Alessandro Sciamarelli: Steel demand unlikely to recover until early 2021

Thursday, 14 May 2020 14:34:08 (GMT+3)   |   Istanbul

Steel demand will not see a recovery before early 2021 and by then the EU will have to be ready to face huge import volumes that could flood the market, warned Alessandro Sciamarelli, director of market analysis and economic studies of the European Steel Association (EUROFER) during the webinar session organized by SteelOrbis on May 13. Mr. Sciamarelli stated that the steel-using sectors had been seriously affected already in 2019 before the outbreak of the pandemic due to the worsening conditions of global trade and the weakening of the manufacturing cycle. Only construction showed greater resilience last year, while the automotive industry suffered its second consecutive drop year on year, which was even more pronounced than that recorded in 2018.

Regarding steel imports into the EU, Mr. Sciamarelli said that in 2019 the region’s steel import volume decreased by 11.5 percent, though imports appeared very volatile and the current safeguard system allowed an unusual peak in arrivals in July. The main exporting countries remained the same as in 2018: Turkey, Russia, South Korea, India and China. In February this year, imports from Turkey showed a 57 percent year-on-year drop, while those from China fell by 84 percent due to the Covid-19 emergency with which the Asian country was already fighting. Despite the recent drop in imports from Turkey, in February the arrivals of hot rolled coils from the country remained above the average for the period 2015-2017, encouraging EUROFER to file a complaint for an antidumping investigation against the said product. (At the time of writing of this article, the EU has announced that it has initiated an antidumping duty investigation against HRC imports from Turkey).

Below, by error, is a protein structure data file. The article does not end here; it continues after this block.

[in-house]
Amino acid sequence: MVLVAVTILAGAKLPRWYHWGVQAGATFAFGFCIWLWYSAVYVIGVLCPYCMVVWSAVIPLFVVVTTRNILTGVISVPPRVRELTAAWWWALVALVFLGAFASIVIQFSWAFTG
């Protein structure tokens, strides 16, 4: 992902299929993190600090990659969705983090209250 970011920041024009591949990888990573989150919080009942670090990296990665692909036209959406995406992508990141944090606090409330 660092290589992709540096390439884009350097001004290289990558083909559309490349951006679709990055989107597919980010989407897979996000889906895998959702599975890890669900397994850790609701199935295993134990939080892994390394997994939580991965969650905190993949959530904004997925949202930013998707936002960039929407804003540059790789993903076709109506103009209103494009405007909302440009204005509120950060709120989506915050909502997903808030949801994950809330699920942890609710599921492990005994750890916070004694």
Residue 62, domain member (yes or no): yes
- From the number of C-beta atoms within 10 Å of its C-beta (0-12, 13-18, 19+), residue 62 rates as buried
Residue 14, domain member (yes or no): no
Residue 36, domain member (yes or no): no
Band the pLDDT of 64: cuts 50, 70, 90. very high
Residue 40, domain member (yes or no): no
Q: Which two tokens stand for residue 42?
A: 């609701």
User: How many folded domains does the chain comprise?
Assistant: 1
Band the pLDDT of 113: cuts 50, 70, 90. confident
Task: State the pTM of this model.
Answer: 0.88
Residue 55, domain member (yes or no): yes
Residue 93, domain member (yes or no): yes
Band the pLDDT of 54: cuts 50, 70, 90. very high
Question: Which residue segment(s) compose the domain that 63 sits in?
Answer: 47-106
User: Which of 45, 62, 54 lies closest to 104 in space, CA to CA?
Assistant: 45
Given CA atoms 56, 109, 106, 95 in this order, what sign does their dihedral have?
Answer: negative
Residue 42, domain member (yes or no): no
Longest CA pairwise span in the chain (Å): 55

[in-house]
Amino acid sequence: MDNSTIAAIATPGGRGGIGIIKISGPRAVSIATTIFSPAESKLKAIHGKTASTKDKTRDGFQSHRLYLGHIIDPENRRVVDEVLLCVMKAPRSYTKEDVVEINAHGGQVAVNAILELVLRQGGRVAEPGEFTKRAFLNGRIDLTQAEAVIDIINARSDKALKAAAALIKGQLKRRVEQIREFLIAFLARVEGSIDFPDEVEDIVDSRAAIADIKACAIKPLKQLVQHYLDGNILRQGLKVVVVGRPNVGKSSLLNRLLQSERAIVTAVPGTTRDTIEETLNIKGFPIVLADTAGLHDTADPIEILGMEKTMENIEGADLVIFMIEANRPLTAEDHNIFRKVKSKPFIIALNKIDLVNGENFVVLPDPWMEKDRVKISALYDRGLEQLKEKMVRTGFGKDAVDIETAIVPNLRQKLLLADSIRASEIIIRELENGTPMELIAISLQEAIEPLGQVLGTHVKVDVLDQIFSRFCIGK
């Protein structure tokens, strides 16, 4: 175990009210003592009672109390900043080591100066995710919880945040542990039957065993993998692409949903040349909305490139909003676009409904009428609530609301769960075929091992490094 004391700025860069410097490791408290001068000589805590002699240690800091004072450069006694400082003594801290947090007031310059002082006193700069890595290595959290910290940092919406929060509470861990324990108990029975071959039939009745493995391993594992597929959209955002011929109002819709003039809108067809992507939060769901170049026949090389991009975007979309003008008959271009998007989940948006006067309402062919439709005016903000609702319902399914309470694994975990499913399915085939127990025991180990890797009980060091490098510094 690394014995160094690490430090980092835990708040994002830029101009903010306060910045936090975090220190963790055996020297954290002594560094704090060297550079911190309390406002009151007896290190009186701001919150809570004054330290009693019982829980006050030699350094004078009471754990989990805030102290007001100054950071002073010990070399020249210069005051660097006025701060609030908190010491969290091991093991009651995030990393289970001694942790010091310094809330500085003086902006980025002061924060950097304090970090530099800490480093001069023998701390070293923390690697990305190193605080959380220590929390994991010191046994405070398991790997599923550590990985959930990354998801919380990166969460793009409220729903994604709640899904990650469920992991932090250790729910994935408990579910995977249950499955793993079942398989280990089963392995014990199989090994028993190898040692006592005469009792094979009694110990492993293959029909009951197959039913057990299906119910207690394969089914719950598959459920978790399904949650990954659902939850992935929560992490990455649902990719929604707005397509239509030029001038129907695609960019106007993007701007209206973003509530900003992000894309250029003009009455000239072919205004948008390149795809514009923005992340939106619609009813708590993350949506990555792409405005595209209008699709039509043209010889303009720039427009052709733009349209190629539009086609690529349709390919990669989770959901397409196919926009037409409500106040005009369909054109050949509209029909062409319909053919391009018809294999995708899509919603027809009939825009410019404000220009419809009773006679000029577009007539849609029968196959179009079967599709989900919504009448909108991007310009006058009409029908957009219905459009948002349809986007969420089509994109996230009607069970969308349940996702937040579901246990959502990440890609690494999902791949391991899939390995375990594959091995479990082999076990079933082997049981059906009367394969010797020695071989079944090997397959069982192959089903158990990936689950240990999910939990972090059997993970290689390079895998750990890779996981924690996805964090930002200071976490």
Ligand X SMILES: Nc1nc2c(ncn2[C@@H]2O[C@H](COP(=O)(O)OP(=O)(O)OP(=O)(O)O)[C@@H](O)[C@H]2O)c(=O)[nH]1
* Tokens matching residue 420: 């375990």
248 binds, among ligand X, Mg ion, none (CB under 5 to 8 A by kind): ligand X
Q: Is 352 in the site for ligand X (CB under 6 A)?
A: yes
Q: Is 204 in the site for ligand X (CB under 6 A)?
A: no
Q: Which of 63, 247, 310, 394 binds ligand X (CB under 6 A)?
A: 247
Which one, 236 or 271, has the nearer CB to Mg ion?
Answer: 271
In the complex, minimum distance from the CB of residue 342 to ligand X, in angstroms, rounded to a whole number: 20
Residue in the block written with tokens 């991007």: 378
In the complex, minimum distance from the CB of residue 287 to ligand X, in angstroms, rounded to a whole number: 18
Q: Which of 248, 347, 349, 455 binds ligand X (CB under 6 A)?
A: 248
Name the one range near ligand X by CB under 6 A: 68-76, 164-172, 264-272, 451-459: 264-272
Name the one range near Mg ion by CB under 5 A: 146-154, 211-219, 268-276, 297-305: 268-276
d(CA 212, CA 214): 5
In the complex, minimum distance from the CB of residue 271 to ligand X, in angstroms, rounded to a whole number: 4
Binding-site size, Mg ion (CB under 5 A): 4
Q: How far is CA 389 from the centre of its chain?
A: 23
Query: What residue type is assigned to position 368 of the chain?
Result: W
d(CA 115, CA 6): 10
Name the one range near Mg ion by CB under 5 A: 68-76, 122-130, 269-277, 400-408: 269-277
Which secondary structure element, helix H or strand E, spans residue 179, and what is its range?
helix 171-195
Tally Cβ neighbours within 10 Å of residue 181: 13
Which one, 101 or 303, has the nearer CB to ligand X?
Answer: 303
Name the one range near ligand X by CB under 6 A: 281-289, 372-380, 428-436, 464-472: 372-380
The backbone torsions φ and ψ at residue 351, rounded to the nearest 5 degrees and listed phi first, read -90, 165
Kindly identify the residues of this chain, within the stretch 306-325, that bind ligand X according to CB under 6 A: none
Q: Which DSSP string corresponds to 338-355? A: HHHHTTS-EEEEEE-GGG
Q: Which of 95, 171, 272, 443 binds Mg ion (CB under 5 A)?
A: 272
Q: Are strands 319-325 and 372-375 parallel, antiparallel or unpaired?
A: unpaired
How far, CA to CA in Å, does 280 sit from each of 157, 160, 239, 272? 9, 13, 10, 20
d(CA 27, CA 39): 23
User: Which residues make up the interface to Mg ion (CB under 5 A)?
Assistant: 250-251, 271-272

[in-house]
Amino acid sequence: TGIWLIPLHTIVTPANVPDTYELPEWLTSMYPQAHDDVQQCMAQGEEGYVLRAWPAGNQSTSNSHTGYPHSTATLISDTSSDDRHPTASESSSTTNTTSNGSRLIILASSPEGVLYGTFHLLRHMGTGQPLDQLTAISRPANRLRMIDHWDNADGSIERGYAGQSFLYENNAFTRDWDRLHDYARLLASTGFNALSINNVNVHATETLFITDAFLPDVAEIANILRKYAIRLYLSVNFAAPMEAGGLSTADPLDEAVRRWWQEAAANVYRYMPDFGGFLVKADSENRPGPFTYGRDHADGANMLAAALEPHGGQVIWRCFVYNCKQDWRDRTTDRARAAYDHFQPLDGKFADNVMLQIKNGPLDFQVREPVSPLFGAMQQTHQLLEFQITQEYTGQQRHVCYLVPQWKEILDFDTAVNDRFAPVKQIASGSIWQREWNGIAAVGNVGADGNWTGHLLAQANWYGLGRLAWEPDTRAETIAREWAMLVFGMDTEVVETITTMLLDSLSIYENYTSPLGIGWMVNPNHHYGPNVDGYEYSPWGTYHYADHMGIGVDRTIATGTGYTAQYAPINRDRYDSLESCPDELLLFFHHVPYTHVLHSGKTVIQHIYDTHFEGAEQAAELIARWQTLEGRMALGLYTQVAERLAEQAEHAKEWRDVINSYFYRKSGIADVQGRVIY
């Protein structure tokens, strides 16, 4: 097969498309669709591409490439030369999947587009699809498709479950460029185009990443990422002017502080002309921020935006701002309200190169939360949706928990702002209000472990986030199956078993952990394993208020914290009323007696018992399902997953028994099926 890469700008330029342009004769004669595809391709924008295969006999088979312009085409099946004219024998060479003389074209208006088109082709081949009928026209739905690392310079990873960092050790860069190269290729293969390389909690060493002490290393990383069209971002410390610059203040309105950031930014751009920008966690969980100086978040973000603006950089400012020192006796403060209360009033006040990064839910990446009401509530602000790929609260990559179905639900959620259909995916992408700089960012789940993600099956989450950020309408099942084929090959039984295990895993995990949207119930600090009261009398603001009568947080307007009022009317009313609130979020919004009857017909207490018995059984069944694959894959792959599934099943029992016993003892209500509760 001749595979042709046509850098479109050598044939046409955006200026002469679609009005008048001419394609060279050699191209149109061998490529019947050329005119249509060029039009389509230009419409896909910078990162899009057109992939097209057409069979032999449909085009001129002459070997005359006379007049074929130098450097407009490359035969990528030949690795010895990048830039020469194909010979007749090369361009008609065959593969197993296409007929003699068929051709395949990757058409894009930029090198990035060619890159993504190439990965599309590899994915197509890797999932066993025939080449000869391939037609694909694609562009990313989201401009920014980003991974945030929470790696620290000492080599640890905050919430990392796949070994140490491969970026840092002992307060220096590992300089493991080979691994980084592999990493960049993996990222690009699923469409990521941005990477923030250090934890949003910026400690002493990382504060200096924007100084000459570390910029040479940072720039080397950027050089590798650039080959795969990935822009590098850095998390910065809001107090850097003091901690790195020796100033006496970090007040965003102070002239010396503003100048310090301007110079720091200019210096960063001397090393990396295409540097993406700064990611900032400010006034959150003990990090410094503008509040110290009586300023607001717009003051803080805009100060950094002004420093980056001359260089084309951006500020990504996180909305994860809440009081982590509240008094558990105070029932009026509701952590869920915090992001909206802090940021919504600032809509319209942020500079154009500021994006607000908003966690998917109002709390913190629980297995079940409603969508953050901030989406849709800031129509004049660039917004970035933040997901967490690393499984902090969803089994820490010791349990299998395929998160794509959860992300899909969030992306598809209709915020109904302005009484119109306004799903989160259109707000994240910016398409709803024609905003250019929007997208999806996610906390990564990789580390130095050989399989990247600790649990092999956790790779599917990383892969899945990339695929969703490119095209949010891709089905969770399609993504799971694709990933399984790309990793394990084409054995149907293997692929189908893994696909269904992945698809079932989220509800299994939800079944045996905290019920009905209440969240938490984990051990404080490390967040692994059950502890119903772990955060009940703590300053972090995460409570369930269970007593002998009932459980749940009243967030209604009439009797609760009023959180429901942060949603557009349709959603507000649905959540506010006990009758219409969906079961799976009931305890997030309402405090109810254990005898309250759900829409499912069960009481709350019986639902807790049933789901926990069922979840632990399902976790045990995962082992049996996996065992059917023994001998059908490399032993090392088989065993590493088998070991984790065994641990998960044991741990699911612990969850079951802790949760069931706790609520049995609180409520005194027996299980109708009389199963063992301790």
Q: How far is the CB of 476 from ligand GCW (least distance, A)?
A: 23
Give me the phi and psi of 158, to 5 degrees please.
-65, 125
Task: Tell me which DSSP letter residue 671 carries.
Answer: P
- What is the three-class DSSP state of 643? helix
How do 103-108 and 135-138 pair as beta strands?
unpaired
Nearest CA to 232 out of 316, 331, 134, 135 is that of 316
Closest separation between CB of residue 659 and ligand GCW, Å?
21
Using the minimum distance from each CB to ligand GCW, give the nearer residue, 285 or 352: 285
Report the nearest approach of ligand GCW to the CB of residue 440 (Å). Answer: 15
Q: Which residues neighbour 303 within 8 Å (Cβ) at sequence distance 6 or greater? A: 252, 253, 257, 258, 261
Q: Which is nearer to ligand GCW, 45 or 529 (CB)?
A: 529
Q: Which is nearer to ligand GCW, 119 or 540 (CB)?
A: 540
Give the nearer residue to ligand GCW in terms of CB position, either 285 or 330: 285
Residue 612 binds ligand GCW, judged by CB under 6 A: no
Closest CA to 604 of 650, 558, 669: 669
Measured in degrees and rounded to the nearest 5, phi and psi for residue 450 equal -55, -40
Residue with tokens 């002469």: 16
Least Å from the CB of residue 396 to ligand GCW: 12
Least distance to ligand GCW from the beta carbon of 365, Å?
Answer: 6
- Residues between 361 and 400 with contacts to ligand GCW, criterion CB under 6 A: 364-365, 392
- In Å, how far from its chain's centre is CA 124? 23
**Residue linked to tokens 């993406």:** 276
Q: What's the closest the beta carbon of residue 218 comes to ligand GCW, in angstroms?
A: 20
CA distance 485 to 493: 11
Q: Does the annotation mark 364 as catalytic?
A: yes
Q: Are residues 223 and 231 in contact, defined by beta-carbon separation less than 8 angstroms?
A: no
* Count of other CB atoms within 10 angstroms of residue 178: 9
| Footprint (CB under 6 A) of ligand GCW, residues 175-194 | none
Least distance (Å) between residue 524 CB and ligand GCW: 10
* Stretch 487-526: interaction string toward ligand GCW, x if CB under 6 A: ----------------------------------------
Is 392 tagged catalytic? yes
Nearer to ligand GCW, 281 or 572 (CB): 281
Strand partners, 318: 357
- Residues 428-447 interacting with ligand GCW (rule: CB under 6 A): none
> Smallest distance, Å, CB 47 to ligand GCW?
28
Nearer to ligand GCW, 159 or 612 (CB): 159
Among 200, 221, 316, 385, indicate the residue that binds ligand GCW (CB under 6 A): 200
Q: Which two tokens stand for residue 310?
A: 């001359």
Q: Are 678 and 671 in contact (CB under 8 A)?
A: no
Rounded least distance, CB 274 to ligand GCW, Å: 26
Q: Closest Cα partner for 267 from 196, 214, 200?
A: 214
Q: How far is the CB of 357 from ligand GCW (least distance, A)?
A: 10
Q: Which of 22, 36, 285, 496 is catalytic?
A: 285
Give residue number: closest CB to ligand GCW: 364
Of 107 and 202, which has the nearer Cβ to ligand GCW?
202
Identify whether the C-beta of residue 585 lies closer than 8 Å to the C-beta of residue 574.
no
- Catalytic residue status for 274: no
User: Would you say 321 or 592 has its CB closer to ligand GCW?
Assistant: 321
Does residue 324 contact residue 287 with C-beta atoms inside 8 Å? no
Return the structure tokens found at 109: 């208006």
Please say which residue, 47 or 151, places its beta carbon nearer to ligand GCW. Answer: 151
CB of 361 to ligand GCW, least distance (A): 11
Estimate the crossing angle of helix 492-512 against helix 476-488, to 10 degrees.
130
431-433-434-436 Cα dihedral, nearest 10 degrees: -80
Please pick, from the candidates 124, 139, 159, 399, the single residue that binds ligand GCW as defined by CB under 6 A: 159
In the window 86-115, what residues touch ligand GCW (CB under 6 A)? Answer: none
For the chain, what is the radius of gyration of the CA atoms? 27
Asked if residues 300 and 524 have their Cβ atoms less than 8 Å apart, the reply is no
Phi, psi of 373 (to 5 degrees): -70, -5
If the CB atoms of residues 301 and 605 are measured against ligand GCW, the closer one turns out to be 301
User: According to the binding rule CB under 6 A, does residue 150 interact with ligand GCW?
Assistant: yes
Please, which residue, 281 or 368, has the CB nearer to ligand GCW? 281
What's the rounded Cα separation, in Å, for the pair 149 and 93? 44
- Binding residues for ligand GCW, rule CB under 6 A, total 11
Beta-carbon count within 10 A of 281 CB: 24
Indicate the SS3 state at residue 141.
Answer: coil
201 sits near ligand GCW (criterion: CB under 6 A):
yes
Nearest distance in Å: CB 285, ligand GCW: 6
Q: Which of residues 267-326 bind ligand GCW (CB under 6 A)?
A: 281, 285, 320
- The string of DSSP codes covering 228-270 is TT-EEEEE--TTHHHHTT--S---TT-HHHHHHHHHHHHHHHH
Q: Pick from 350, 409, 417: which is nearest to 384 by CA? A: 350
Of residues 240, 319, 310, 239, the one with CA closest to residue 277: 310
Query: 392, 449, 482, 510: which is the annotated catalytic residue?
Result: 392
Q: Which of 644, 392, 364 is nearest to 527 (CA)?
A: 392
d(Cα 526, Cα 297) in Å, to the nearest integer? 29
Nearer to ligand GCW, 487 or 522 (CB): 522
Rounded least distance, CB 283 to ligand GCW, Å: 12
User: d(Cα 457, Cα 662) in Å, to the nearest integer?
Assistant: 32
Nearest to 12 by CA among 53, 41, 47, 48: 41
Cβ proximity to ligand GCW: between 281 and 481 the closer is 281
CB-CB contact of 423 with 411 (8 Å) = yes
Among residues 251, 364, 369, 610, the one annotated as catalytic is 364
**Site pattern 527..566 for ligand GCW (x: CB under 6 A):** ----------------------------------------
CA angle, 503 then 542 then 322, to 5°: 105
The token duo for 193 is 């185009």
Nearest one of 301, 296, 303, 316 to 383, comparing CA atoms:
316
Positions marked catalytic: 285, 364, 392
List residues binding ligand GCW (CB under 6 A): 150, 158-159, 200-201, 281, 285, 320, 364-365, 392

According to the EUROFER official, various structural problems remain; weakness in manufacturing caused by the slowdown in exports, possible trade tensions, global overcapacity, coupled with low consumer demand. EUROFER expects the automotive industry to pay the highest price, with double-digit percentage drops, while the construction sector will once again show greater resistance than the others, "also thanks to government interventions aimed at compensating for the negative effects of the pandemic". European steel producers are already severely affected by the ongoing crisis and have come to terms with a collapse in orders, with interruptions in the supply chain, shutdowns or closings of plants, production cuts of approximately 40 percent and huge layoffs. For this reason, the producers themselves cannot afford to face distortions that could derive from massive volumes of low-cost imports once demand shows a recovery, Sciamarelli noted, leading to the request to review the safeguard measures with a possible reduction in quota volumes.


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